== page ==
Intel plans to launch the first processors based on its 14nm “Broadwell” architecture before the end of 2014. The first Broadwell chips will be part of the Intel Core M processor family and they’ll be aimed at mobile devices including tablets and notebooks.
Next year we should see a wider range of chips for notebooks, desktops, and other devices. But Intel is focusing first and foremost on the mobile space — which makes sense. Broadwell chips should offer better performance while using less power than today’s Haswell processors, which could make them good choices for thin and light computers.
These are premium chips though: don’t expect a Broadwell processor to show up in a $200 tablet anytime soon. That’s a space that will continue to be dominated by ARM and Intel Atom chips.
In terms of CPU performance, a 5th-gen Intel Core “Broadwell” processor will be just about 5 percent faster than an equivalent 4th-gen Intel Core “Haswell” processor running at the same clock speed. But there should be a more significant improvement in graphics performance, with a 20 percent boost in computer power and up to 50 percent better sampler throughput.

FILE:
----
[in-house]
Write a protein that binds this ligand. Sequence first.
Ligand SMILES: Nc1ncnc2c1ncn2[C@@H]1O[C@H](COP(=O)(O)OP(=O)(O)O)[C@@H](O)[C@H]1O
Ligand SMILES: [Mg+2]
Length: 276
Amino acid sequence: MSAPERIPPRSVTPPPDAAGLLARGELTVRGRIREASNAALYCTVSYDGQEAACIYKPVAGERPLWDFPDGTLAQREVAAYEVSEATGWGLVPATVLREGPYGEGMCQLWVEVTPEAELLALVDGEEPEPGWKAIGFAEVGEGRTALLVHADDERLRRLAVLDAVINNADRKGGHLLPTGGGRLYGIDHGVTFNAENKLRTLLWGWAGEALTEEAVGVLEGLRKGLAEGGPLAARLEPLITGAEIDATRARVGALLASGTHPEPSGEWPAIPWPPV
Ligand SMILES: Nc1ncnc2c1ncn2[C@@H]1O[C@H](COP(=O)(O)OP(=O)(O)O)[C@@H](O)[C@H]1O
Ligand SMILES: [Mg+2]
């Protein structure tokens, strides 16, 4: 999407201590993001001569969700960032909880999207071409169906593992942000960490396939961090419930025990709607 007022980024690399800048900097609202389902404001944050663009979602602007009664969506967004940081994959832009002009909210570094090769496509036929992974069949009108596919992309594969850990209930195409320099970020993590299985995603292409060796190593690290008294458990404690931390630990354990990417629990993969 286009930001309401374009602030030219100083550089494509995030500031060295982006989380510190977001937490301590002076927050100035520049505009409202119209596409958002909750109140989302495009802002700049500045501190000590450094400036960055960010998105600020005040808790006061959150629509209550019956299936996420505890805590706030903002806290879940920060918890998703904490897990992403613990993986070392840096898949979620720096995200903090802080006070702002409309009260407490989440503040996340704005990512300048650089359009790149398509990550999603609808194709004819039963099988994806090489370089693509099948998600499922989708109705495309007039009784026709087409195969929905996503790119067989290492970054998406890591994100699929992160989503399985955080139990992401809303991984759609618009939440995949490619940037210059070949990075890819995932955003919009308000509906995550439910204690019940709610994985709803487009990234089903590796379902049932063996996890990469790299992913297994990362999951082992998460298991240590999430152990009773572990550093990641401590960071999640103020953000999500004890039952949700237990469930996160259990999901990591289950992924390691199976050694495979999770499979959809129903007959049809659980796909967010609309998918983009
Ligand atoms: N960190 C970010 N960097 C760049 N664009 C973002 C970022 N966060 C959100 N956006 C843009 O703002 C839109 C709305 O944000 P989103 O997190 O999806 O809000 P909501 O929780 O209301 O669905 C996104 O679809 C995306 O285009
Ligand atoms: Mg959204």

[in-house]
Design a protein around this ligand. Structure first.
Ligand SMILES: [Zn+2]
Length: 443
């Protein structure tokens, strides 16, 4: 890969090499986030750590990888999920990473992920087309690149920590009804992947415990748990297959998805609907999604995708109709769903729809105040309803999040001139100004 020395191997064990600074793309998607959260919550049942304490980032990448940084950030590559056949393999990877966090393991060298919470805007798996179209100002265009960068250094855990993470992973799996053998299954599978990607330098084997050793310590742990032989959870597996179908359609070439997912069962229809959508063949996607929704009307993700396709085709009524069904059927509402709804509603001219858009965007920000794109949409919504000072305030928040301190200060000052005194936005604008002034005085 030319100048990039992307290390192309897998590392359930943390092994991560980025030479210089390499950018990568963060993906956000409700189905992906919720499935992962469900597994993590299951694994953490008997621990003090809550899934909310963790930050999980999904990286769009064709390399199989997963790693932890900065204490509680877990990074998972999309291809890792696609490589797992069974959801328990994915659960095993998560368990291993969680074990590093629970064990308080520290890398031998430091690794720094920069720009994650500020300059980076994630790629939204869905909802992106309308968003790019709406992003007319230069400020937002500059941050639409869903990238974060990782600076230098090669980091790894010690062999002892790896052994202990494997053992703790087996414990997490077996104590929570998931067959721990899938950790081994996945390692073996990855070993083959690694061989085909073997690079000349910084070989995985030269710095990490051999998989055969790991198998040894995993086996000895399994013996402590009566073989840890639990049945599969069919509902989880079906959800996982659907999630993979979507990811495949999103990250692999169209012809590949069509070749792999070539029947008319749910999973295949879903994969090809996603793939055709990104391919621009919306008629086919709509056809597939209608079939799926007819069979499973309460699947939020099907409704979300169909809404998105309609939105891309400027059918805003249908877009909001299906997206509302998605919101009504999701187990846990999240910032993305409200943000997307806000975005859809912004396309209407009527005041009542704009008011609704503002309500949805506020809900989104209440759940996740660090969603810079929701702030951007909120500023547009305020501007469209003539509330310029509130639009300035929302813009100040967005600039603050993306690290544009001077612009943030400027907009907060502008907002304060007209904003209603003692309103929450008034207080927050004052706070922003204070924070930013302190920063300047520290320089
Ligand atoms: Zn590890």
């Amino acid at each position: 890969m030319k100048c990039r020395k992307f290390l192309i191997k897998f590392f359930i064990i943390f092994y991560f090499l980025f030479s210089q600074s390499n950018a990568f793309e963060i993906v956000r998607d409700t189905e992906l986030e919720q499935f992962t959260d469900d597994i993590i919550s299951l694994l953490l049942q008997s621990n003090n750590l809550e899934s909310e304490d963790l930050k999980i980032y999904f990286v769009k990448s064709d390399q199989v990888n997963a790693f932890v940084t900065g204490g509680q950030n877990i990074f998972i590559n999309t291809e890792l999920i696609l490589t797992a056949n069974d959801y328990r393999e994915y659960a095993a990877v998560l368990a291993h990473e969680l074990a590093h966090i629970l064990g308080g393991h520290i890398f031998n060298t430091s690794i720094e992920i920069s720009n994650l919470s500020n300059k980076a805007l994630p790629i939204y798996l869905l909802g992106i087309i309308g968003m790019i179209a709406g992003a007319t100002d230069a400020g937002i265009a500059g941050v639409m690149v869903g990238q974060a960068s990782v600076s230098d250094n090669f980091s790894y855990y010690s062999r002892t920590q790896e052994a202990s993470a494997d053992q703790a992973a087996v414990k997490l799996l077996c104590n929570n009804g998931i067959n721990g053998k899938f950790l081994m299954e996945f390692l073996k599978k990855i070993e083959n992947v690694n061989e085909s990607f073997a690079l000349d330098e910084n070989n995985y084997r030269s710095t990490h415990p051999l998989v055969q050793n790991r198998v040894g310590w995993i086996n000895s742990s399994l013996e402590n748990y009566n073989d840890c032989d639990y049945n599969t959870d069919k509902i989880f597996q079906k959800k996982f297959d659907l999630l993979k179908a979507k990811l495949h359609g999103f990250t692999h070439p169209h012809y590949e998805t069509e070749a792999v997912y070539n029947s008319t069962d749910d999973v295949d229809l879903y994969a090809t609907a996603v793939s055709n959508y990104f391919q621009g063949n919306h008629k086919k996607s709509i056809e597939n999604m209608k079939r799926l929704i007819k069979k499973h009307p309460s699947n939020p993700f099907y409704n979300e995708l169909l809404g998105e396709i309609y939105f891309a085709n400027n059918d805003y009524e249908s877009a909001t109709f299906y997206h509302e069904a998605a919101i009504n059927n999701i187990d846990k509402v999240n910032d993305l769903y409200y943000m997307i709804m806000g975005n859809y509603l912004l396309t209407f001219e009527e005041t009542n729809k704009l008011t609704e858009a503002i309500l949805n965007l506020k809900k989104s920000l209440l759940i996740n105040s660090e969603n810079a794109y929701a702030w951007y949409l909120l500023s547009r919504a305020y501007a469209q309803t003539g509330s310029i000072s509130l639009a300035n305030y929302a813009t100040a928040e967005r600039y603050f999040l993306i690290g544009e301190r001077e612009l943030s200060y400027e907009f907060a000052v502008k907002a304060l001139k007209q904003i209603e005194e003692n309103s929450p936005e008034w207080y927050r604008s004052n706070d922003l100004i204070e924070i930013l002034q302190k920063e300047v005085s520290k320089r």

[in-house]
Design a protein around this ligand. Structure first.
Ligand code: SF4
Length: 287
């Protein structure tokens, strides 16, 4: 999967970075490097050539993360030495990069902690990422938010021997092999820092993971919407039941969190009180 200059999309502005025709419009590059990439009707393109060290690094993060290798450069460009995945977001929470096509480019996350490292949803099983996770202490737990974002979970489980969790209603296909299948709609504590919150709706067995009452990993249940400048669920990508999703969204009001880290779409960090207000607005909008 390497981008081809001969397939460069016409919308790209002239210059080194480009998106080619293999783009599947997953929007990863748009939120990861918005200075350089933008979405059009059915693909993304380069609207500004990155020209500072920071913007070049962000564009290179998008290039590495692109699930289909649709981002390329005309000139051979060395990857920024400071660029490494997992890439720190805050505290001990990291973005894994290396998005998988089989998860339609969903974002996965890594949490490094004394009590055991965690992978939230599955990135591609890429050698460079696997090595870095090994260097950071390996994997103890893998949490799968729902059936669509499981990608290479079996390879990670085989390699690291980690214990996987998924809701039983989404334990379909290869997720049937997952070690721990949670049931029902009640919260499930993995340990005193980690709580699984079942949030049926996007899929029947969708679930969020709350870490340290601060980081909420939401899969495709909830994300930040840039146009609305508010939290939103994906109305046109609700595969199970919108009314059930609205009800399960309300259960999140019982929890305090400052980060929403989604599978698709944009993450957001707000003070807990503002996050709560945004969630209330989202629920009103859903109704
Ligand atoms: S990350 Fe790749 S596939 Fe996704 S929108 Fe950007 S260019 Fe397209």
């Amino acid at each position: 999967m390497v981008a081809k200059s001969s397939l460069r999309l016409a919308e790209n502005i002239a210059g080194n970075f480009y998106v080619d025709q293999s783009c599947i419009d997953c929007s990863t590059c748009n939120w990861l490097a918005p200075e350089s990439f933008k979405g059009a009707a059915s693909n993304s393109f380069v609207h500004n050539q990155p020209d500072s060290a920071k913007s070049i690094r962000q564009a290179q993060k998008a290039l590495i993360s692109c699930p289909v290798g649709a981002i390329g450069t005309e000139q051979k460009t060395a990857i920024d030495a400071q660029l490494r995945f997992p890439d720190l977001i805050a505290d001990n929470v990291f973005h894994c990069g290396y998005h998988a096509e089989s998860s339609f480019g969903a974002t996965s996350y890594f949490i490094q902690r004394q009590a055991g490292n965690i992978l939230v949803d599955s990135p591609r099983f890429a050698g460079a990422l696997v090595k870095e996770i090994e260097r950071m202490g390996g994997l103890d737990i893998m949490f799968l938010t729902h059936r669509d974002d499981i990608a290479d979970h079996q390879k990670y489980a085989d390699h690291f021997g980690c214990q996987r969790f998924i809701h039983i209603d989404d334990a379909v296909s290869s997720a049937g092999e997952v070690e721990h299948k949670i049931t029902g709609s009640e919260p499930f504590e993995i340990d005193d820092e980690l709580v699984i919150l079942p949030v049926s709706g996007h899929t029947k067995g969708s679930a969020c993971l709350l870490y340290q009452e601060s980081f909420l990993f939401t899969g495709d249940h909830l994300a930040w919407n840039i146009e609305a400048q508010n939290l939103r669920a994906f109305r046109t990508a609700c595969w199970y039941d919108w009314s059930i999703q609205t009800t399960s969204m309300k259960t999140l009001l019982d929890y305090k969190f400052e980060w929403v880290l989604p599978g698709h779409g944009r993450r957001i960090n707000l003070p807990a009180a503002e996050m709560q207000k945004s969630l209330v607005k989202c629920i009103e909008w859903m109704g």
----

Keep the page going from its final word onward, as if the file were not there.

We should see big boosts in Intel QuickSync and Video Quality Engine performance, among other things and there will be initial support for hardware-decoding of H.265 video.
Intel’s new technology could also make it possible for chips to run at higher speeds without using more power — which means that you could eventually see more than a 5 percent boost in CPU performance in real-world applications. At launch though, Intel is hoping to get its Core M chips into small, low-power, devices such as fanless 2-in-1 tablet/notebok systems which measure as little as a third of an inch thick.
The chip maker hasn’t provided clock speeds, TDP values, or some other important details for its Core M processors yet. But with the first chips set to launch by year’s end, it won’t be long before the picture is complete.